Why should SSOs care? It is vital to note that the Appeals Court did not dispute that Rambus sought to game the standards development process by deceiving the other members of the working group, and then by allowing the marketplace to become locked in before asserting its patent claims. Rather, it differed on whether, and how, specific provisions of the antitrust laws should be applied to the facts at hand. The result is that, if the Appeals Court decision stands:
- other participants in the standards development process (including some of your own members) may conclude that they can get away with similar deceptive conduct
- those that would be unwilling to engage in such conduct may be less likely to participate in standards development at all (including in your organization), because they might have more to lose than to gain from doing so, knowing that others may engage in conduct similar to that employed by Rambus
- those that might otherwise adopt your standards may be less willing to do so, because they may fear that they, too, may fall into the kind of "patent ambush" trap that the adopters of the JEDEC standard fell into.
What my brief will say: There are several other amicus briefs that will be filed (in addition to the brief of the FTC itself) that will argue the points of law. The purpose of the brief that I will file will be to demonstrate to the Supreme Court that a broad variety of SSOs have serious concerns over the consequences of the Appeals Court decision. In other words, my brief will not be directed at arguing the law, but rather at persuading the Supreme Court that it should agree to accept the FTC's petition, instead of the hundreds of other petitions competing for its time, due to the great importance that standard setting has for society, commerce, education and government. In substance, what it will say, and what you would be supporting, would be the following arguments:
1. Standards are vital to the national interest, to society and to commerce.
2. The standards development process is conducted by a light weight private sector infrastructure comprising hundreds of non-profit organizations in which industry, academia, consumer and government representatives participate, at their own cost, to develop standards for the good of all.
3. SSOs adopt intellectual property (IPR) policies to minimize the chance of inadvertent infringement of patents, and to ensure that anyone can implement standards on RAND terms (and ideally without cost).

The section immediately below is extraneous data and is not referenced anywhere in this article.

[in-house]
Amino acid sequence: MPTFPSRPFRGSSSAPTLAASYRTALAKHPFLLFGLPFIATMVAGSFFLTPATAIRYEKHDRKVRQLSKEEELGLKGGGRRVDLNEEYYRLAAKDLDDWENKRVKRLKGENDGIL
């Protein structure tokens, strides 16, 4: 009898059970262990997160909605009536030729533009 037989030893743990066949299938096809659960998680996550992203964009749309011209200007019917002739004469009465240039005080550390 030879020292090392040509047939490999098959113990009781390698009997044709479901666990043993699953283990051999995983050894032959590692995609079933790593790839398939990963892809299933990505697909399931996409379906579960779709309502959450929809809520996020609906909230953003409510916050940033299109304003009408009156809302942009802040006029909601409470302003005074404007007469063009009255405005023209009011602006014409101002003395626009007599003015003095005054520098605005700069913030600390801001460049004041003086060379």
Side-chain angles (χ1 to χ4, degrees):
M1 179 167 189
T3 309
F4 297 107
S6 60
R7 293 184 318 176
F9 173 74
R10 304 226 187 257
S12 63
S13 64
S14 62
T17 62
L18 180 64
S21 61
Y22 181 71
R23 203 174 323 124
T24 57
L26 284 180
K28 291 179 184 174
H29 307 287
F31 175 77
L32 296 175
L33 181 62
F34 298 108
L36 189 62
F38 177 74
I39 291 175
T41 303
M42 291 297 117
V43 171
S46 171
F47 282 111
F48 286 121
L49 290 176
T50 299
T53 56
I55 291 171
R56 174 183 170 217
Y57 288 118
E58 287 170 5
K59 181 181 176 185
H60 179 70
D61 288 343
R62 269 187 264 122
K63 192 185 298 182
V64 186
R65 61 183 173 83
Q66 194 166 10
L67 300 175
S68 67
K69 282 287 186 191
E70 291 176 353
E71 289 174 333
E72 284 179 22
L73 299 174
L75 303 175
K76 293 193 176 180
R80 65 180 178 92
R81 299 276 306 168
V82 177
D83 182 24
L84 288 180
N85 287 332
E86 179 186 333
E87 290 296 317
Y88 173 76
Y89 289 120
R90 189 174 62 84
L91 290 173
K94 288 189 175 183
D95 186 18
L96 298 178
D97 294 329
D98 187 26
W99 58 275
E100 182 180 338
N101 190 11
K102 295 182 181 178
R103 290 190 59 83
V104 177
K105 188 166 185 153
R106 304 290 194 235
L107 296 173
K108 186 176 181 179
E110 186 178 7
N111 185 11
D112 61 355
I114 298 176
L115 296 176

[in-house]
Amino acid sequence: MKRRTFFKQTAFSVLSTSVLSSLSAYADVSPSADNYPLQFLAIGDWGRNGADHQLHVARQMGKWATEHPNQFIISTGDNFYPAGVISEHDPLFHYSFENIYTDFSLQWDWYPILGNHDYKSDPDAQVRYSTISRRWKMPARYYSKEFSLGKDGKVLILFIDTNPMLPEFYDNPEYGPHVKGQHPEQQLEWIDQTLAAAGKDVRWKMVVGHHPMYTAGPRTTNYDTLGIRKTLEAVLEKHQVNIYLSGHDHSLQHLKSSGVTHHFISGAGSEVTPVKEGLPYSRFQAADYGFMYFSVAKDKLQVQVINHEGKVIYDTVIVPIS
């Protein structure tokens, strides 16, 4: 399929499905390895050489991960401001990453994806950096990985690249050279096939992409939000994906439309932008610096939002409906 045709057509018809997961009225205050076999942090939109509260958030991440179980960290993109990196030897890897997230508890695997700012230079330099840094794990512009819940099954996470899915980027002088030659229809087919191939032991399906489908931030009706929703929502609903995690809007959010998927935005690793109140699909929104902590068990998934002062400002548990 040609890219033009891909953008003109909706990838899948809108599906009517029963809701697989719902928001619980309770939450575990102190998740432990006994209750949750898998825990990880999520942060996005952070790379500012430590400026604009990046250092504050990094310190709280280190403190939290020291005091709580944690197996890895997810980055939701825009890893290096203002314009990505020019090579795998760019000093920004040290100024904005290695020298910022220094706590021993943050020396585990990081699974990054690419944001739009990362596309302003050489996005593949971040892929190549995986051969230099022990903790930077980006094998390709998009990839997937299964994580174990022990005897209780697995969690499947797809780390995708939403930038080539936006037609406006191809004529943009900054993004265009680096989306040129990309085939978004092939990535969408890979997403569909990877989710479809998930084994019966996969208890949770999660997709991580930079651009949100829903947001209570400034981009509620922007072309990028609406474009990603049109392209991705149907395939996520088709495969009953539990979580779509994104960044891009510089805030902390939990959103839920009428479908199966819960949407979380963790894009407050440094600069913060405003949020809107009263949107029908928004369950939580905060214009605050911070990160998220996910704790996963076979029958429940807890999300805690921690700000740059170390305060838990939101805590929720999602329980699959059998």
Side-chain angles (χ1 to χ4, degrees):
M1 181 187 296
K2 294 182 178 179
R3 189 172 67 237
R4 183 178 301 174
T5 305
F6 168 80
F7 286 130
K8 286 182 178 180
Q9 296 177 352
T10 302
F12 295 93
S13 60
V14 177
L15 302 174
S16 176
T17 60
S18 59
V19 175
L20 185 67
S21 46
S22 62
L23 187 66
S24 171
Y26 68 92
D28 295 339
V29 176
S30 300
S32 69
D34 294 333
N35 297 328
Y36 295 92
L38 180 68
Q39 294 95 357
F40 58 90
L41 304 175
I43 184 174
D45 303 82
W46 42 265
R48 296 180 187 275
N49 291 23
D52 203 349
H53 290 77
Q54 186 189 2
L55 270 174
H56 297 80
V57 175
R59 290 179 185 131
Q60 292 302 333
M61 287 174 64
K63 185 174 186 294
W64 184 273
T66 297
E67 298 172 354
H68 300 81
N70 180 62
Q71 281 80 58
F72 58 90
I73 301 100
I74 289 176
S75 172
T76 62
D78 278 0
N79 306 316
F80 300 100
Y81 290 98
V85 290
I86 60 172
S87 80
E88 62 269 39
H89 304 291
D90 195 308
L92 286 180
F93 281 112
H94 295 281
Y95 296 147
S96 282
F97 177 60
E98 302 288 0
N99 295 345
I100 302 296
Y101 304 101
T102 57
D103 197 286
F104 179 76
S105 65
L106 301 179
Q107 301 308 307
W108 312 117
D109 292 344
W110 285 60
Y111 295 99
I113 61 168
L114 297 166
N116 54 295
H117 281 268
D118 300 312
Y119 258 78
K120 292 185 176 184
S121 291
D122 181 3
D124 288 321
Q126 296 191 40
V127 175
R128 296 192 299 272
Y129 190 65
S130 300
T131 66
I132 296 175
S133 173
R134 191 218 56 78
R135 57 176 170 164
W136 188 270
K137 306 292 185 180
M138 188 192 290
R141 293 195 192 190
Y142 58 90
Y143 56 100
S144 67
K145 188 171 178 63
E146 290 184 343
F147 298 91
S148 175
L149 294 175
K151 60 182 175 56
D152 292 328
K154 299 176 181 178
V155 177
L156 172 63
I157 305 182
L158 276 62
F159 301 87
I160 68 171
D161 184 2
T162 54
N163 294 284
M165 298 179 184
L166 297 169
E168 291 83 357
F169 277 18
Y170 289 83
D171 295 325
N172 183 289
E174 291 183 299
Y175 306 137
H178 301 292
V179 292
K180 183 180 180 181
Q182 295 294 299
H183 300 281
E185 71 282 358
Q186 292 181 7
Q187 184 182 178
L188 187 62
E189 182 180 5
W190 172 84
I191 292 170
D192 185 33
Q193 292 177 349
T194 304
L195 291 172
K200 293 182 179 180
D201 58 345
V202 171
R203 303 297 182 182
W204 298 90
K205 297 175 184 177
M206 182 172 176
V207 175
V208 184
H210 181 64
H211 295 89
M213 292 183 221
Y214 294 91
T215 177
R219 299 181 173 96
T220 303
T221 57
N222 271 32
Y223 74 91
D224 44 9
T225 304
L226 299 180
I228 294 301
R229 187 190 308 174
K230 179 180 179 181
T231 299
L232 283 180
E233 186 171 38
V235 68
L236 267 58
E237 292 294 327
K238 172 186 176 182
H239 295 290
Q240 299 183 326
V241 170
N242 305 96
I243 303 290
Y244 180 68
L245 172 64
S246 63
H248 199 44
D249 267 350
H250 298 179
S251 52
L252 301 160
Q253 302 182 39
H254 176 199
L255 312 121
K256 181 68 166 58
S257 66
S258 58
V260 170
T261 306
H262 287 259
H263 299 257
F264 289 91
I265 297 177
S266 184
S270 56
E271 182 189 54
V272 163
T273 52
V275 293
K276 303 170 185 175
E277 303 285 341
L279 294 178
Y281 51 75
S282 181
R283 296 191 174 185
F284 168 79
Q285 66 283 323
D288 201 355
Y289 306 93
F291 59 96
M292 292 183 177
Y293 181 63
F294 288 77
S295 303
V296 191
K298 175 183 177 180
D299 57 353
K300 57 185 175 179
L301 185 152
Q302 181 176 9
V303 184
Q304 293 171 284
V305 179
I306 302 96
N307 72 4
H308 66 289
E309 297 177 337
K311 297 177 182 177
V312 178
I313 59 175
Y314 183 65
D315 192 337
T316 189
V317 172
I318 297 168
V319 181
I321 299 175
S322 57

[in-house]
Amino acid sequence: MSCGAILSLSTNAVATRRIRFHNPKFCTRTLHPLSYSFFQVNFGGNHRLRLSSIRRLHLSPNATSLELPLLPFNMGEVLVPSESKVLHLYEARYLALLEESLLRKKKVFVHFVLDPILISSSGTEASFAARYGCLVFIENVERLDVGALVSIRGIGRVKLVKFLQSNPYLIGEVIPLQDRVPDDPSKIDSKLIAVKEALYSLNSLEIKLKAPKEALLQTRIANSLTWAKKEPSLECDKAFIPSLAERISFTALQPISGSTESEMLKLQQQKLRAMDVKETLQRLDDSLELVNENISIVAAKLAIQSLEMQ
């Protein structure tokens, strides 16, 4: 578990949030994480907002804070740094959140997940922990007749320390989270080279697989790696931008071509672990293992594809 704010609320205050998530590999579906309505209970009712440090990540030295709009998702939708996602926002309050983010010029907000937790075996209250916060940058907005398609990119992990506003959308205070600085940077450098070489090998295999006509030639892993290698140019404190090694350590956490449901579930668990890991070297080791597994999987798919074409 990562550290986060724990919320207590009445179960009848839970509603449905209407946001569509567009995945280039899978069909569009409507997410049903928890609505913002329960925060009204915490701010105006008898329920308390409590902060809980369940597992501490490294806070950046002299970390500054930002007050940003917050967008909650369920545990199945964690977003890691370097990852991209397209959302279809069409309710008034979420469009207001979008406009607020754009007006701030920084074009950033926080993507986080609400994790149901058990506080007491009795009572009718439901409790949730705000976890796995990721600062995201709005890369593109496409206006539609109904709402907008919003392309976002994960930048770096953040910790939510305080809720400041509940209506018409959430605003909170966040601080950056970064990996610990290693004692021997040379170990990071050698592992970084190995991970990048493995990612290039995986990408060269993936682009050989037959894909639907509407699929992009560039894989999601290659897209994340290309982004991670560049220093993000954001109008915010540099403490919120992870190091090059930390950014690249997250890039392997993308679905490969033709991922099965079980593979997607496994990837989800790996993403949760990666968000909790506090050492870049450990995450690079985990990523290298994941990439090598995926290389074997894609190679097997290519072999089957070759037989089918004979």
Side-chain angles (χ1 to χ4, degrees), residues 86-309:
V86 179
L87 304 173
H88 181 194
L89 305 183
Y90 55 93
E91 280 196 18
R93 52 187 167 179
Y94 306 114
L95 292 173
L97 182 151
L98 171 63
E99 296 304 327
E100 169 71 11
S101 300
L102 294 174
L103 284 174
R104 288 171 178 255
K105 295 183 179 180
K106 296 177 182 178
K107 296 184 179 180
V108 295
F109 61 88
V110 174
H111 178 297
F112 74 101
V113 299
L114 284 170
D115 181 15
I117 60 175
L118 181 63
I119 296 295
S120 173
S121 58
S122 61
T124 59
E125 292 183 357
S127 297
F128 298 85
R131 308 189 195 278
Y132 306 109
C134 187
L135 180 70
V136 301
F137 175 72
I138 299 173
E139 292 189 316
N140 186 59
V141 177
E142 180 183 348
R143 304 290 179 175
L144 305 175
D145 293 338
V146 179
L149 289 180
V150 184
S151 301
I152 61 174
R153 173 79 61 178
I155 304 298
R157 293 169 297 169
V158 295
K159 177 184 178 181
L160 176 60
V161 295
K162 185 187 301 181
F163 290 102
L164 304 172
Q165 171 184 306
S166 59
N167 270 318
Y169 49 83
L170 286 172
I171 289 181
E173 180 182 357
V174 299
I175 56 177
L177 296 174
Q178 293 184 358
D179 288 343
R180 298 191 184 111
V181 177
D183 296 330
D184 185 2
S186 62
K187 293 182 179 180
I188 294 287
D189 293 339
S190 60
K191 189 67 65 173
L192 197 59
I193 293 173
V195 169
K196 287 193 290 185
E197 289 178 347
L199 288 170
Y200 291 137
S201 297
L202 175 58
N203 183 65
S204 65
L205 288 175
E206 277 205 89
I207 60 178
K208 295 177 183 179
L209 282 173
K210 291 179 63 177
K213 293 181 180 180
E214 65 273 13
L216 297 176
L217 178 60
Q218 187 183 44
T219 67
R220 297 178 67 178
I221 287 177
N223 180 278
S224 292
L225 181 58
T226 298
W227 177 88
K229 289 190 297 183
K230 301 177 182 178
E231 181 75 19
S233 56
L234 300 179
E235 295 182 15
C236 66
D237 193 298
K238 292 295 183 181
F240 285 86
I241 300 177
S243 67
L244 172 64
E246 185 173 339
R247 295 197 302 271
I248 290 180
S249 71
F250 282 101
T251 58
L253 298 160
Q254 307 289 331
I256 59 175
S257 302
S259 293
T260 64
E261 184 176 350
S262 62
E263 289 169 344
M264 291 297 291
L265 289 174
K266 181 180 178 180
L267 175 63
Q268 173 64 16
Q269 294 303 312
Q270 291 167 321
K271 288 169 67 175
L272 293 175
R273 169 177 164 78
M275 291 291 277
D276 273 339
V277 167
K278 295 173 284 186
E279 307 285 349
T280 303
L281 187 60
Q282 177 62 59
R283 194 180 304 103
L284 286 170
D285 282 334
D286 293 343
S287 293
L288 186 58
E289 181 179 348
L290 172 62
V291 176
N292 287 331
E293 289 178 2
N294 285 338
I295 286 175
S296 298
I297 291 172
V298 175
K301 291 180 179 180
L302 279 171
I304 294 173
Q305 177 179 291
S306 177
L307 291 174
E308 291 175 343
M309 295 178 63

4. The standards development process relies heavily on a presumption of trust as between those that participate, and specifically on the assumption that members will honor their obligations under IPR policies. If that trust can be violated with impunity, then there is more for participants to lose than to gain by participating, and the whole process becomes in danger of collapse.
5. Due to concerns such as cost, SSOs are not capable of enforcing their rules in court, and it is extremely expensive for their members, and others that adopt their standards, to defend themselves when IPR policy rules are violated and patent infringement is asserted against them in violation of those rules.
6. SSOs, their members, those that adopt standards, and those that rely upon them, therefore need to be able to rely on the courts to defend their interests when standards development participants betray their duties of trust and violate IPR policy rules.
7. If the decision of the Appeals Court stands, then the standards development process will be endangered, at great cost to society, to the national interest, and to those that have taken the time and effort, and undertaken the cost, to participate in good faith in the development of standards.
Relief Requested: For these reasons, parties to my brief will be urging the Supreme Court to grant the FTC's petition for certiorari, and then conclude that the FTC correctly applied the law, thereby supporting the integrity of the standards development process. For further blog entries on Intellectual Propery Rights issues, click here
Participants: Thus far, two accredited standards development organizations, and six (updated: 10) consortia, representing a very wide variety of industries have agreed to be parties to my brief, together representing thousands of individual members.
Prognosis: Will the Supreme Court grant certiorari? The odds are never good, because the Court has the docket space to accept only a few percent of all of the cases that are submitted to it each year. Accordingly, the Court weighs factors such as the importance of the legal issues at stake, whether there are differences in outcome among the various federal circuits that should be resolved to ensure equal application of federal laws, and so on.
When the brief is completed, I'll post it for your review, as well as links to any of the other amicus briefs that will be filed that are available on line.
For further blog entries on Intellectual Propery Rights issues, click here